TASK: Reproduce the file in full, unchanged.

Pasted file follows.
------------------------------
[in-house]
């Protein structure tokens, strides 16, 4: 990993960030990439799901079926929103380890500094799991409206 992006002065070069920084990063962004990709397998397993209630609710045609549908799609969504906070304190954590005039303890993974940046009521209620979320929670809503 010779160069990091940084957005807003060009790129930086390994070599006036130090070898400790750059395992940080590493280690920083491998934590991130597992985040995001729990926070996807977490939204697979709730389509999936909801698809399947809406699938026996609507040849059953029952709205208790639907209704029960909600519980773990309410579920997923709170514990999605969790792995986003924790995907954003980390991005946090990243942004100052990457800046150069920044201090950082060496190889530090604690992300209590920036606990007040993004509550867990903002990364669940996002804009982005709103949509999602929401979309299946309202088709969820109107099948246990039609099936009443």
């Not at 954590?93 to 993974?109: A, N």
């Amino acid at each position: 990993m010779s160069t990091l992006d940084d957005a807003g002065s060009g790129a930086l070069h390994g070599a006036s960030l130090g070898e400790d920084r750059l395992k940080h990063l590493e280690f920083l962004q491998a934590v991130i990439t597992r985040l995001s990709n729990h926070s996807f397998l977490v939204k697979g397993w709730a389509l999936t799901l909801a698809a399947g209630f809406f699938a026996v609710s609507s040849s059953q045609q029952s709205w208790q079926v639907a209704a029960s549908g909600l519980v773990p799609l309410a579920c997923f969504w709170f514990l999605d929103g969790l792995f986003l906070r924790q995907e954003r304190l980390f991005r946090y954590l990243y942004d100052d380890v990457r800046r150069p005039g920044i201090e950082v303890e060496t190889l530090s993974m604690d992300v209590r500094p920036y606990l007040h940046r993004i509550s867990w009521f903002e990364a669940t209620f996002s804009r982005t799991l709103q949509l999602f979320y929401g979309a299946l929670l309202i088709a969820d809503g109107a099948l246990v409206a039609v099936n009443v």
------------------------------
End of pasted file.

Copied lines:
[in-house]
């Protein structure tokens, strides 16, 4: 990993960030990439799901079926929103380890500094799991409206 992006002065070069920084990063962004990709397998397993209630609710045609549908799609969504906070304190954590005039303890993974940046009521209620979320929670809503 010779160069990091940084957005807003060009790129930086390994070599006036130090070898400790750059395992940080590493280690920083491998934590991130597992985040995001729990926070996807977490939204697979709730389509999936909801698809399947809406699938026996609507040849059953029952709205208790639907209704029960909600519980773990309410579920997923709170514990999605969790792995986003924790995907954003980390991005946090990243942004100052990457800046150069920044201090950082060496190889530090604690992300209590920036606990007040993004509550867990903002990364669940996002804009982005709103949509999602929401979309299946309202088709969820109107099948246990039609099936009443």
């Not at 954590?93 to 993974?109: A, N």
């Amino acid at each position: 990993m010779s160069t990091l992006d940084d957005a807003g002065s060009g790129a930086l070069h390994g070599a006036s960030l130090g070898e400790d920084r750059l395992k940080h990063l590493e280690f920083l962004q491998a934590v991130i990439t597992r985040l995001s990709n729990h926070s996807f397998l977490v939204k697979g397993w709730a389509l999936t799901l909801a698809a399947g209630f809406f699938a026996v609710s609507s040849s059953q045609q029952s709205w208790q079926v639907a209704a029960s549908g909600l519980v773990p799609l309410a579920c997923f969504w709170f514990l999605d929103g969790l792995f986003l906070r924790q995907e954003r304190l980390f991005r946090y954590l990243y942004d100052d380890v990457r800046r150069p005039g920044i201090e950082v303890e060496t190889l530090s993974m604690d992300v209590r500094p920036y606990l007040h940046r993004i509550s867990w009521f903002e990364a669940t209620f996002s804009r982005t799991l709103q949509l999602f979320y929401g979309a299946l929670l309202i088709a969820d809503g109107a099948l246990v409206a039609v099936n009443v």